Cops are Using AI Cameras to Generate Police Reports

A police officer in full tactical gear, including a helmet with a visor and bulletproof vest, stands in front of a building entrance.
An officer with an Axon camera. | Elvert Barnes via CC BY-SA 2.0

A police tech company that makes body cams and tasers has released a new futuristic product that has some people unnerved: an AI camera that generates police reports from audio.

Axon has contracts with police forces across the United States worth $22 billion and its new product called Draft One will transcribe the audio recorded on a cop’s body cam and then process the information into a police report with early testing showing it can free up an officer’s time by 25 percent.


The new AI camera was first reported by Forbes which notes that police reports are often used as evidence in criminal trials and critics are concerned that the AI is known to occasionally hallucinate, display racial bias, or just make things up.

“It’s kind of a nightmare,” Dave Maass, surveillance technologies investigations director at the Electronic Frontier Foundation, tells Forbes. “Police, who aren’t specialists in AI, and aren’t going to be specialists in recognizing the problems with AI, are going to use these systems to generate language that could affect millions of people in their involvement with the criminal justice system. What could go wrong?”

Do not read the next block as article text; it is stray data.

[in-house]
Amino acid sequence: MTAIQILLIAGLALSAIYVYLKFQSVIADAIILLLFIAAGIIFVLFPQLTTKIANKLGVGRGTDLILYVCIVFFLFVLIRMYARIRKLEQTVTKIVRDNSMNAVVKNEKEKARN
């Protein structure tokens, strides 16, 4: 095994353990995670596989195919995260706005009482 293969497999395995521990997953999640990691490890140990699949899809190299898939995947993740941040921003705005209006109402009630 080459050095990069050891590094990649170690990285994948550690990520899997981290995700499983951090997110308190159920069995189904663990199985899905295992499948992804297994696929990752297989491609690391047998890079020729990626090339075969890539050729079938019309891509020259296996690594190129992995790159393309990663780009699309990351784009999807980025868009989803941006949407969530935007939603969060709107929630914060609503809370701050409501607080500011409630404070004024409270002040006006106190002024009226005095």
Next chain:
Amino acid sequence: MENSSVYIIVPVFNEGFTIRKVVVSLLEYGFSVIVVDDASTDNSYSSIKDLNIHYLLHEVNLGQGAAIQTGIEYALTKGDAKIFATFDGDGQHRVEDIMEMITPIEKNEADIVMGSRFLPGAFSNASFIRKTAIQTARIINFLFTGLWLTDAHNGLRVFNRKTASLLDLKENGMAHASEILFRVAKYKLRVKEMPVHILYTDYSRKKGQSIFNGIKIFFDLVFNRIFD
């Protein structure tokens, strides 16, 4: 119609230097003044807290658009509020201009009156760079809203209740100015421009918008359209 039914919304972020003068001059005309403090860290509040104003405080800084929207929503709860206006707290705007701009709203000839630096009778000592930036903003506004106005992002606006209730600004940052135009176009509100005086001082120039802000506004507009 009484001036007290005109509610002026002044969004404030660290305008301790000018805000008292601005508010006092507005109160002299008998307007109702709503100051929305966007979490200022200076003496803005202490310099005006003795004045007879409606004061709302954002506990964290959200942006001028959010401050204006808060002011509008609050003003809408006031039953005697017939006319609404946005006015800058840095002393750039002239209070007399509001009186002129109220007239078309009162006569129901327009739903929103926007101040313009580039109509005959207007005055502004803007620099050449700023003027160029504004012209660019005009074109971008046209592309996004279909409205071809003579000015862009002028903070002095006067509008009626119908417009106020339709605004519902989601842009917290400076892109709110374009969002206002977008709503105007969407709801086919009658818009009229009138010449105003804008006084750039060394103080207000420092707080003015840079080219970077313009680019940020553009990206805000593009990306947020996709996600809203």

The fear that racial prejudice could be exacerbated by AI cameras is pertinent given that the death of George Floyd was less than four years ago. Axon CEO Rick Smith tells Forbes that it isn’t recommending police use the AI to write up reports for serious incidents such as an officer discharging their firearm. However, Axon doesn’t have control over how an individual police department deploys the technology.

To counter racial bias, Axon senior principal AI product manager Noah Spitzer-Williams tells Forbes that the company has configured Draft One so that it sticks to basic information around the incident.

“The simplest way to think about it is that we have turned off the creativity,” he says of the device which uses OpenAI’s GPT-4 Turbo model. “That dramatically reduces the number of hallucinations and mistakes… Everything that it’s produced is just based on that transcript and that transcript alone.”

The AI camera has already been trialed by the Fort Collins Colorado Police Department which claims to have reduced its time spent writing reports by 82 percent.

“If an officer spends half their day reporting, and we can cut that in half, we have an opportunity to potentially free up 25% of an officer’s time to be back out policing,” adds Smith.